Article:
Last week before Thanksgiving our internet went out, but now a days its no big deal. I simply go down to where the wire comes up out of the ground, untie and clean the splice, tie it again, and tape. Everyone has to do this on occasion, right?Recently, the FCC chief released his plans for changing Net Neutrality, and being the selfish person I am sometimes, I began reading articles on how this would affect me. I mean, could it get any better because I’m not sure the quality in my rural area could get any worse. I still have not decided if the proposal will do what they hope it will, but I did find one striking part that feels like it is playing out now.
One of the rules in place now mandates that if a carrier decided to change the way they bring service to customers they would have to prove multiple ways that it is at least equal to what it is replacing. Under the new proposal, the mandates would not be in place. This has actually happened after Hurricane Sandy hit Fire Island and service providers initially decided to not go back with landlines until the locals dissented.
Locally, I’ve found out that our provider now has “digital home phones” available, as well as wireless internet. I assume these get their service off of the closest cell tower. Considering how spotty our cell service is, especially at the house, I’m not sure this is anything near an improvement. Besides, what’s the big deal when 39% of rural America, or about 23 million people, still lack high-speed broadband.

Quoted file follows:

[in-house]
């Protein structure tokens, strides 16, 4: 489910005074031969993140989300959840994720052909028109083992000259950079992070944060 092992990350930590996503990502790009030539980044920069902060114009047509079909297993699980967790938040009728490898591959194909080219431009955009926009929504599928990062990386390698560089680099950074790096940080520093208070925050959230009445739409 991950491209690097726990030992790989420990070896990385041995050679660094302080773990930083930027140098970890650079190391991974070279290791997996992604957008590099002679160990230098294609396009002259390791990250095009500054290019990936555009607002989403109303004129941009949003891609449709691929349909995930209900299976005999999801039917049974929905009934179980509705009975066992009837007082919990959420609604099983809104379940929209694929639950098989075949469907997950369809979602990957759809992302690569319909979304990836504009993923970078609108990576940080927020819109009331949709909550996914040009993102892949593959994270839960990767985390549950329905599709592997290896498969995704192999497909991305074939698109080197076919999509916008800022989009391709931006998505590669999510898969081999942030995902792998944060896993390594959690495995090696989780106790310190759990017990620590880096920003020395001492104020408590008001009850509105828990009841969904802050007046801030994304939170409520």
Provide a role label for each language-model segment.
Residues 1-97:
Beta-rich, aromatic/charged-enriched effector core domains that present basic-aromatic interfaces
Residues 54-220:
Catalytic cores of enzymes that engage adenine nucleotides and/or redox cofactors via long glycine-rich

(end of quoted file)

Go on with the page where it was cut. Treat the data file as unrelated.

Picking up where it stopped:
If the landlines continue to deteriorate, and they will with boxes like mine that continue to go unrepaired (and others close by with covers open or lost), then I can only assume we are slowly being weaned off of copper lines. I think we’re currently watching our telephone lines die in the ground. Maybe that is why they are buried already.
When given a chance sometime ago and when the phone bill more than doubled, went with a new local company. The land line had gotten really bad and the phone company certainly wasn’t going to update the main box that was the primary problem. With dial up that was iffy along with the poor land line, and after doing some numbers, realized with VOIP and wireless internet was cheaper by about $20. I don’t miss the poor service or the too frequent excuses.
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That’s the kind of competition for your business I wish we had here. Just reliability would be nice.
We’re still dinosaurs with a land line, but with high-speed Vios — cell phones for us are an adjunct.
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I still say you’re lucky! 🙂 We’ve had fiber on the outskirts of my area, but they won’t even consider adding my neighbor who lives the closest to it even though the techs say it is viable.